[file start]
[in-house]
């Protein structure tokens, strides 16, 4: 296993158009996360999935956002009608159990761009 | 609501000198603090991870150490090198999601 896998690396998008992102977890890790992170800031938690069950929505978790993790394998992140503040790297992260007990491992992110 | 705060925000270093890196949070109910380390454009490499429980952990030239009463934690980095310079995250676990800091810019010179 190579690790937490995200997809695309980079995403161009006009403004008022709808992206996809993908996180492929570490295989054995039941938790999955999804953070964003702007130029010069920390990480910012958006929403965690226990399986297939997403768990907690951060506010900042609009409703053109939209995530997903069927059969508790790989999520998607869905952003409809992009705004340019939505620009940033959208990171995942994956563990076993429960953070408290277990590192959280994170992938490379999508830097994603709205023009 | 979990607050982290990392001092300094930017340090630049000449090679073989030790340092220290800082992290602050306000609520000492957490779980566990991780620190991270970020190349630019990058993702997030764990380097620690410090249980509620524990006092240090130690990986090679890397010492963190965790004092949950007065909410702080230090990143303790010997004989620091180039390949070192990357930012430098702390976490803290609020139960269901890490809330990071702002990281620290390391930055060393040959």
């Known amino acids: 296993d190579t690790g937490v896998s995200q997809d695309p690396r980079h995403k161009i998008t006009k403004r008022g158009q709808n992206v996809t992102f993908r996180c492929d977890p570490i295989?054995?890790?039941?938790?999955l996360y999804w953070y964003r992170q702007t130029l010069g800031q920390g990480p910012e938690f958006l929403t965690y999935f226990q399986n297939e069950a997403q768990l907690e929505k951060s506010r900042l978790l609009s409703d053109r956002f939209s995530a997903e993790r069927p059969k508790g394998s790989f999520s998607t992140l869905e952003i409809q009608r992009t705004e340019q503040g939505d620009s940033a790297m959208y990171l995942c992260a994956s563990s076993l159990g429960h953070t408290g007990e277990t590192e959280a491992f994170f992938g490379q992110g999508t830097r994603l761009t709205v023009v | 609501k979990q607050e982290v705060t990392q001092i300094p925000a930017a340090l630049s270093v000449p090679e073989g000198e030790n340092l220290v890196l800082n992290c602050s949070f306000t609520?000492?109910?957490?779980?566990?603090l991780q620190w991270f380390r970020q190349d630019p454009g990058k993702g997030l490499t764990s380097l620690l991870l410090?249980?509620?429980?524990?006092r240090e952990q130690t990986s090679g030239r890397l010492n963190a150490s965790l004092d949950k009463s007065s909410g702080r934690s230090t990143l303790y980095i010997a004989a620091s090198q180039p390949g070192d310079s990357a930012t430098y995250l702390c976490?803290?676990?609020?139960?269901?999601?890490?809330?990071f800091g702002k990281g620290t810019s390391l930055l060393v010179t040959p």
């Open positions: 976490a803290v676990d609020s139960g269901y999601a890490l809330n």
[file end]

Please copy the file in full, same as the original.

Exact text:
[in-house]
């Protein structure tokens, strides 16, 4: 296993158009996360999935956002009608159990761009 | 609501000198603090991870150490090198999601 896998690396998008992102977890890790992170800031938690069950929505978790993790394998992140503040790297992260007990491992992110 | 705060925000270093890196949070109910380390454009490499429980952990030239009463934690980095310079995250676990800091810019010179 190579690790937490995200997809695309980079995403161009006009403004008022709808992206996809993908996180492929570490295989054995039941938790999955999804953070964003702007130029010069920390990480910012958006929403965690226990399986297939997403768990907690951060506010900042609009409703053109939209995530997903069927059969508790790989999520998607869905952003409809992009705004340019939505620009940033959208990171995942994956563990076993429960953070408290277990590192959280994170992938490379999508830097994603709205023009 | 979990607050982290990392001092300094930017340090630049000449090679073989030790340092220290800082992290602050306000609520000492957490779980566990991780620190991270970020190349630019990058993702997030764990380097620690410090249980509620524990006092240090130690990986090679890397010492963190965790004092949950007065909410702080230090990143303790010997004989620091180039390949070192990357930012430098702390976490803290609020139960269901890490809330990071702002990281620290390391930055060393040959």
């Known amino acids: 296993d190579t690790g937490v896998s995200q997809d695309p690396r980079h995403k161009i998008t006009k403004r008022g158009q709808n992206v996809t992102f993908r996180c492929d977890p570490i295989?054995?890790?039941?938790?999955l996360y999804w953070y964003r992170q702007t130029l010069g800031q920390g990480p910012e938690f958006l929403t965690y999935f226990q399986n297939e069950a997403q768990l907690e929505k951060s506010r900042l978790l609009s409703d053109r956002f939209s995530a997903e993790r069927p059969k508790g394998s790989f999520s998607t992140l869905e952003i409809q009608r992009t705004e340019q503040g939505d620009s940033a790297m959208y990171l995942c992260a994956s563990s076993l159990g429960h953070t408290g007990e277990t590192e959280a491992f994170f992938g490379q992110g999508t830097r994603l761009t709205v023009v | 609501k979990q607050e982290v705060t990392q001092i300094p925000a930017a340090l630049s270093v000449p090679e073989g000198e030790n340092l220290v890196l800082n992290c602050s949070f306000t609520?000492?109910?957490?779980?566990?603090l991780q620190w991270f380390r970020q190349d630019p454009g990058k993702g997030l490499t764990s380097l620690l991870l410090?249980?509620?429980?524990?006092r240090e952990q130690t990986s090679g030239r890397l010492n963190a150490s965790l004092d949950k009463s007065s909410g702080r934690s230090t990143l303790y980095i010997a004989a620091s090198q180039p390949g070192d310079s990357a930012t430098y995250l702390c976490?803290?676990?609020?139960?269901?999601?890490?809330?990071f800091g702002k990281g620290t810019s390391l930055l060393v010179t040959p």
């Open positions: 976490a803290v676990d609020s139960g269901y999601a890490l809330n």